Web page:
Stephanie Vander Wel has served on the faculty at the University at Buffalo's Department of Music since 2008 after receiving her Ph.D. from the University of California, Los Angeles. Her book Hillbilly Maidens, Okies, and Cowgirls: Women’s Country Music, 1930-1960, published by University of Illinois Press in 2020, explores the sonic and embodied performances of female country artists in relation to the expansion of early and mid-century country music in geographical locales significant to the production of country music: 1930s Chicago, 1940s California, and 1950s Nashville. The book’s focus on the role of musical performance highlights both the sonic qualities (notably the range, register, and timbre of vocal style) and theatrical conventions of women in country music, demonstrating the breadth of their performative agency and vision in articulating the complexities and paradoxes of white, rural, working-class womanhood within specific historical periods shaped by economic uncertainty and mobility, migration, shifts in gender roles, and industrialism. PopMatters has named Hillbilly Maidens, Okies, and Cowgirls one of the best nonfiction books for 2020. Todd Burns of Music Journalism Insider has interviewed Vander Wel about her book and how she came to write about women in country music.
She and country music historian Peter La Chapelle presented their respective recent books, with Jewly Hight as moderator, in the session “Locating Gender Performance, and Politics in the History of Music” of the Popular Music Book Series, a collaboration between Journal of Popular Music Studies, IASPM-US, and the Pop Conference.
Professor Vander Wel’s research and teaching interests focus on popular music, American music, women in music, and cultural theory addressing gender, race, and class. Her articles and reviews have appeared in Musical Quarterly, Journal of the Society for American Music, Southern Space, and others. Her essay on "The Singing Voice in Country Music" appears in the Oxford Handbook in Country Music, edited by Travis Stimeling (University of Oxford Press, 2017); and her essay "Weeping and Flamboyant Men: Webb Pierce and the Campy Theatrics of Country Music" appears in Pink Cowboys: Progressive Thought in Country Music, edited by Mark Jackson (University of Massachusetts Press, 2018). Her recent work explores the gendering of humor in country music.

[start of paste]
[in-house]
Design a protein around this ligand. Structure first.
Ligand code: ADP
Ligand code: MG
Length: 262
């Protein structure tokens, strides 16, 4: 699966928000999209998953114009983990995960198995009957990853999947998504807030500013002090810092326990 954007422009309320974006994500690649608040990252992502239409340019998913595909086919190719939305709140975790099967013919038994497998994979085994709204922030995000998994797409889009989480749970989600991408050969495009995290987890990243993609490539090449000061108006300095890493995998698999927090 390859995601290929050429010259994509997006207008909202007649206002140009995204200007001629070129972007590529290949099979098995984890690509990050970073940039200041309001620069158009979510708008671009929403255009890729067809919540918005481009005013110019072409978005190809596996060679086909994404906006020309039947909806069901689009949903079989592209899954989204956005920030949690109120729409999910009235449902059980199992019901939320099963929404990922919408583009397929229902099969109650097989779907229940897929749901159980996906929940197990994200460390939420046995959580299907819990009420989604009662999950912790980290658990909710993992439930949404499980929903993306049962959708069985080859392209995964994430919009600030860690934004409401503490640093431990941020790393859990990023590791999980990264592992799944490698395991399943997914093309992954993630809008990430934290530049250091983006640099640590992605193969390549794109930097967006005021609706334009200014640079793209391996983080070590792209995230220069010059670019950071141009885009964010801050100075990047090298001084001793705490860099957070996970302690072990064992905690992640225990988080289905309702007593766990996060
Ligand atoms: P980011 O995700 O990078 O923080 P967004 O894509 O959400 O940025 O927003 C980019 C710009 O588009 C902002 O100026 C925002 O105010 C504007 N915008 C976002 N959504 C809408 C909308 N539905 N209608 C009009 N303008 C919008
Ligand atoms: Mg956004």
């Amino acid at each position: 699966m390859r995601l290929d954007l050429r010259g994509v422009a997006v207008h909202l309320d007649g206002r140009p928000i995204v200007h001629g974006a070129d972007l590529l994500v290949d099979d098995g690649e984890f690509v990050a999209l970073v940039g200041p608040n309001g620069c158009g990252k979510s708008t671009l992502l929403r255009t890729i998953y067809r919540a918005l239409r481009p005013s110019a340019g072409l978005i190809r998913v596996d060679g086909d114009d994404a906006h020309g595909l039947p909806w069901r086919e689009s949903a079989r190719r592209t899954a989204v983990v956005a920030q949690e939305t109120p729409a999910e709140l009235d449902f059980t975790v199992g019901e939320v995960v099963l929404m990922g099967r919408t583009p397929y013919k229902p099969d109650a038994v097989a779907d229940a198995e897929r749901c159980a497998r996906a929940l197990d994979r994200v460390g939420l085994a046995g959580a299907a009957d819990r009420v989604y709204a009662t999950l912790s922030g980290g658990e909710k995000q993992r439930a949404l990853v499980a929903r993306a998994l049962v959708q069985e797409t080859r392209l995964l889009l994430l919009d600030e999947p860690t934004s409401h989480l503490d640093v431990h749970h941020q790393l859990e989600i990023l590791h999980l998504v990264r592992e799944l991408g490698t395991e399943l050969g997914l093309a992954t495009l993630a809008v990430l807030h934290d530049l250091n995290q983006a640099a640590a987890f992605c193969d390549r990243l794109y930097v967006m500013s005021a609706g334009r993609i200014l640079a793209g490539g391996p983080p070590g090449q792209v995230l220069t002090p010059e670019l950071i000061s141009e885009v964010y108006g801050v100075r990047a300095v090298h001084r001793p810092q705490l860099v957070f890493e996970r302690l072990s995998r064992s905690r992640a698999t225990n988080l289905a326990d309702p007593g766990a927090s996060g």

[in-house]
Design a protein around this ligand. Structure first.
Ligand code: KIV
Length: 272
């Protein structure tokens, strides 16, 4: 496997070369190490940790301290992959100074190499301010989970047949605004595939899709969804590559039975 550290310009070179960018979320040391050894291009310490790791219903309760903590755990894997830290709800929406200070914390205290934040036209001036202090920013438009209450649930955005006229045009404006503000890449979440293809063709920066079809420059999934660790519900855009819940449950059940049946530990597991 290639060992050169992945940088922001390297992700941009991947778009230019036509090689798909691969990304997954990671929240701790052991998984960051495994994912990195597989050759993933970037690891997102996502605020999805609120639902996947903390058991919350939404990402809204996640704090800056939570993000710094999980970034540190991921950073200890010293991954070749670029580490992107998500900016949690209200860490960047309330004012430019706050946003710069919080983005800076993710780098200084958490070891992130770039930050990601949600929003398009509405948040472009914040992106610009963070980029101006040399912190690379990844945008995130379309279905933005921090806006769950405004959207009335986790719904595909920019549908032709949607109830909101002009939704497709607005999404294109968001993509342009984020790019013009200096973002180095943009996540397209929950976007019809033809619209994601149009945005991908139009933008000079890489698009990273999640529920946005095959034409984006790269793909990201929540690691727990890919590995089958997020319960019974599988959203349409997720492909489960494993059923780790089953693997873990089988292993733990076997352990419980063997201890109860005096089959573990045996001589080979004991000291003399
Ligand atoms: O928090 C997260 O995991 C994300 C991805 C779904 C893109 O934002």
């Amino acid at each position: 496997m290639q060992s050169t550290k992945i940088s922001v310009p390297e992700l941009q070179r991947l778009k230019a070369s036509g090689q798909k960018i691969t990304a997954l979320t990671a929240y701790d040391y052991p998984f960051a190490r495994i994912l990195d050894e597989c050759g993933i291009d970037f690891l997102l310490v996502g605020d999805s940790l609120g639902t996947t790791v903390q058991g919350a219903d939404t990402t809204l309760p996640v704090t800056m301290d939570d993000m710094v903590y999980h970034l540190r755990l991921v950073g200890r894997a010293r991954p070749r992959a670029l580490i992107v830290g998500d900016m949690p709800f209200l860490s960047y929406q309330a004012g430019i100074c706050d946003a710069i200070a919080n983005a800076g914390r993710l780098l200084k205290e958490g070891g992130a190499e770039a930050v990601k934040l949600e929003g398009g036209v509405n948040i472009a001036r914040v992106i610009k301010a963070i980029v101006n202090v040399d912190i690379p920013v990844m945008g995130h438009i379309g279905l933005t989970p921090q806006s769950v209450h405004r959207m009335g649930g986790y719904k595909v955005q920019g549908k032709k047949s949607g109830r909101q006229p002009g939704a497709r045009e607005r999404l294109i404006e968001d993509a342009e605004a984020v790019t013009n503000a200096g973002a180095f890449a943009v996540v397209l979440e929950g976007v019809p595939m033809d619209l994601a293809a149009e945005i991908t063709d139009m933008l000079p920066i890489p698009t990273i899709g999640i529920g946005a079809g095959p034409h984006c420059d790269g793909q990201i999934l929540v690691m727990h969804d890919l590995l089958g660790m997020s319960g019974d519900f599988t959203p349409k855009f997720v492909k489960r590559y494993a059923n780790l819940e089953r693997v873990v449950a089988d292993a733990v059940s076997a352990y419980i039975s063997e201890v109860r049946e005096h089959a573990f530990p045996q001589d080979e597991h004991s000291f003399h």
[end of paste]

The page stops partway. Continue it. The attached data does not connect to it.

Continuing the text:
In September of 2015, Vander Wel was invited to deliver a lecture, entitled "Rose Maddox's Roadhouse Vocality and the California Sound of 1950s Rockabilly and Honky-Tonk," at the Rock and Roll Hall of Fame and Museum/American Musicological Society Lecture Series. She has presented her work at annual meetings of the American Musicological Society, Experimental Music Project, International Country Music Conference, Society for American Music, Feminist Theory and Music, and the International Association for the Study of Popular Music.